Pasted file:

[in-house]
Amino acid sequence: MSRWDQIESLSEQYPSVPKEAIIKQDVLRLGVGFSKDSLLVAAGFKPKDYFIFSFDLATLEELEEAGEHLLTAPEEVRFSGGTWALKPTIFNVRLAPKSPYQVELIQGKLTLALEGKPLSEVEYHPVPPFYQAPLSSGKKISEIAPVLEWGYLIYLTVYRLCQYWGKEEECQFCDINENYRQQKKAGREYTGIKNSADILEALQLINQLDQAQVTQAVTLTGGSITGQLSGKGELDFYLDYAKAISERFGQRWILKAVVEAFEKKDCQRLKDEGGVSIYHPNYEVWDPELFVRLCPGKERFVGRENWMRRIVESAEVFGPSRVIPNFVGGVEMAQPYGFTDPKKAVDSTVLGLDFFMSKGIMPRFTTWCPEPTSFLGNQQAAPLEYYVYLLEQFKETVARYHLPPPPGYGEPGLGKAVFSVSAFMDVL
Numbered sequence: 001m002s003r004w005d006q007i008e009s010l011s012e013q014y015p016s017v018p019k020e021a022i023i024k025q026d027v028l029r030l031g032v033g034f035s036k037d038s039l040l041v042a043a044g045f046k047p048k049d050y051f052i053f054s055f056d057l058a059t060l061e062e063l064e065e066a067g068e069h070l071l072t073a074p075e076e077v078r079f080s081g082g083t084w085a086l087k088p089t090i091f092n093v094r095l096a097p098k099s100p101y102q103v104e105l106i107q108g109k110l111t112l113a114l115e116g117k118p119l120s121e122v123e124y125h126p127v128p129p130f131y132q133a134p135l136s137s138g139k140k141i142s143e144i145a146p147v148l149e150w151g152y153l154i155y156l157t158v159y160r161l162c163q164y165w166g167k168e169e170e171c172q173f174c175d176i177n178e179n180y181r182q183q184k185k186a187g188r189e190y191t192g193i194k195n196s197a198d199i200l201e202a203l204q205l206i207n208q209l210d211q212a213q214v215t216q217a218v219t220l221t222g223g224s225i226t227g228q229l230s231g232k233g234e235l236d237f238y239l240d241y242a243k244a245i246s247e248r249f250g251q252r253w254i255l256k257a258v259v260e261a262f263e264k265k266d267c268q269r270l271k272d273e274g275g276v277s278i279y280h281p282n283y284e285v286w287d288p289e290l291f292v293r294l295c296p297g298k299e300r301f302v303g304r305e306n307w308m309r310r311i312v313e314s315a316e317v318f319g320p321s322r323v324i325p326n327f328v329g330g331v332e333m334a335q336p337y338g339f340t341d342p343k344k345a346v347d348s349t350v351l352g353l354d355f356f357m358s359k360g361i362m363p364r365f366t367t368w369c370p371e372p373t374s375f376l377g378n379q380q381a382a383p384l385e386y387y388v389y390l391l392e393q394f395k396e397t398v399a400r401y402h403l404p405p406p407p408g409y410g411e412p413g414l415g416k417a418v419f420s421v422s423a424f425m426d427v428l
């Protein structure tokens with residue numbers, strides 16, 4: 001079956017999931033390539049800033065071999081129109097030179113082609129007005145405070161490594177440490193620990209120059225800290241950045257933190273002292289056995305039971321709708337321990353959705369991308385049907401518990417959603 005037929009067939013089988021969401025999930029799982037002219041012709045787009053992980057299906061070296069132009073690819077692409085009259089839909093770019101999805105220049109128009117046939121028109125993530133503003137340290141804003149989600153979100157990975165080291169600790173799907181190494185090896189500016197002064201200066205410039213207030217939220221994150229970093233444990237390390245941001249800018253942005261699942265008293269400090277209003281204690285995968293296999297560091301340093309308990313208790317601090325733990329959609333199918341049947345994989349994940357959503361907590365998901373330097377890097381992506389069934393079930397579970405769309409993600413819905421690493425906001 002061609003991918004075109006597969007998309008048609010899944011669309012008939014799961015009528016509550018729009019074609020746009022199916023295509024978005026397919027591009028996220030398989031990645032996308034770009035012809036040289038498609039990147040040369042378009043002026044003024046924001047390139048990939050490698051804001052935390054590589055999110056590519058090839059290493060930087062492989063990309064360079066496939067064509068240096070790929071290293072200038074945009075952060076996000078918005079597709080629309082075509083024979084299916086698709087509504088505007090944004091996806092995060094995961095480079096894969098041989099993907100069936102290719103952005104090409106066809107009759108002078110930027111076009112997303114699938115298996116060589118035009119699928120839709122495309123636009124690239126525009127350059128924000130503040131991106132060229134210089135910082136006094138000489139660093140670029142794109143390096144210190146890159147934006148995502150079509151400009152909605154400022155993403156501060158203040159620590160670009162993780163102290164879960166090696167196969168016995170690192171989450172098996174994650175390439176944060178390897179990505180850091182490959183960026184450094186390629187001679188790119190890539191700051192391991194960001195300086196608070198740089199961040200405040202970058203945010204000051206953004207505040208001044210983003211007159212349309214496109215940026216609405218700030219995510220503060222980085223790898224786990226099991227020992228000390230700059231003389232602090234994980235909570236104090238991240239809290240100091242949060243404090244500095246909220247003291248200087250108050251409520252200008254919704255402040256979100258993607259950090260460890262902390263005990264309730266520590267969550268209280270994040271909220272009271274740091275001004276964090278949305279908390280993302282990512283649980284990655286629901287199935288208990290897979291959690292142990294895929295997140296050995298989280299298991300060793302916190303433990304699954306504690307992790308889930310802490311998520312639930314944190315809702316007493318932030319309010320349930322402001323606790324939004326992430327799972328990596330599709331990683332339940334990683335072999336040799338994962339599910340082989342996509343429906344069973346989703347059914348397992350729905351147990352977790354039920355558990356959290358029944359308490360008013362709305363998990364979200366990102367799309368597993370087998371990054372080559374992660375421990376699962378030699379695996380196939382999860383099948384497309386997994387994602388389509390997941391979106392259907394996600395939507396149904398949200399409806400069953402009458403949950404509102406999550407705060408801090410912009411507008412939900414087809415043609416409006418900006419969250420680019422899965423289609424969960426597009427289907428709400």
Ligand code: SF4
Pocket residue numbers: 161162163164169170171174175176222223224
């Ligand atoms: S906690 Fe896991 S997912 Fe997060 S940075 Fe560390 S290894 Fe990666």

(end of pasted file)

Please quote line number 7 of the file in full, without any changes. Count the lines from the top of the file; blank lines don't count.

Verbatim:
């Ligand atoms: S906690 Fe896991 S997912 Fe997060 S940075 Fe560390 S290894 Fe990666």